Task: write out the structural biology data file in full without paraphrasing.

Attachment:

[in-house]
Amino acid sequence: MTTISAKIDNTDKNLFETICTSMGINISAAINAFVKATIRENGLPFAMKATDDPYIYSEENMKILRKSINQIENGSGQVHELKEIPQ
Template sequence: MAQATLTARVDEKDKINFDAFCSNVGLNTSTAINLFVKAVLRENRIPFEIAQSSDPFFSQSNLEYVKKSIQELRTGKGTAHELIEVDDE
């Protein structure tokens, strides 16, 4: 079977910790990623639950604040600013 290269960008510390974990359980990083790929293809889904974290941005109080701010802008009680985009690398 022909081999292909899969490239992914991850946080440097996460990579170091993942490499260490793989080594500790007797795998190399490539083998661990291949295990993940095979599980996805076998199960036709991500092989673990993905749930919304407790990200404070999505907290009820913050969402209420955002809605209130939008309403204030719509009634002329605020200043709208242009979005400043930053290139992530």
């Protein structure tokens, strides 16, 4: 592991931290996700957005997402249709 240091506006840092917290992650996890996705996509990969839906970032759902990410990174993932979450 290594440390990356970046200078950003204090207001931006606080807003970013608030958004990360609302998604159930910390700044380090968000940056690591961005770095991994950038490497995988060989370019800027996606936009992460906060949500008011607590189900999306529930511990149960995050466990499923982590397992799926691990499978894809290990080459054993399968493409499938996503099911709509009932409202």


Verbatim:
[in-house]
Amino acid sequence: MTTISAKIDNTDKNLFETICTSMGINISAAINAFVKATIRENGLPFAMKATDDPYIYSEENMKILRKSINQIENGSGQVHELKEIPQ
Template sequence: MAQATLTARVDEKDKINFDAFCSNVGLNTSTAINLFVKAVLRENRIPFEIAQSSDPFFSQSNLEYVKKSIQELRTGKGTAHELIEVDDE
């Protein structure tokens, strides 16, 4: 079977910790990623639950604040600013 290269960008510390974990359980990083790929293809889904974290941005109080701010802008009680985009690398 022909081999292909899969490239992914991850946080440097996460990579170091993942490499260490793989080594500790007797795998190399490539083998661990291949295990993940095979599980996805076998199960036709991500092989673990993905749930919304407790990200404070999505907290009820913050969402209420955002809605209130939008309403204030719509009634002329605020200043709208242009979005400043930053290139992530």
């Protein structure tokens, strides 16, 4: 592991931290996700957005997402249709 240091506006840092917290992650996890996705996509990969839906970032759902990410990174993932979450 290594440390990356970046200078950003204090207001931006606080807003970013608030958004990360609302998604159930910390700044380090968000940056690591961005770095991994950038490497995988060989370019800027996606936009992460906060949500008011607590189900999306529930511990149960995050466990499923982590397992799926691990499978894809290990080459054993399968493409499938996503099911709509009932409202």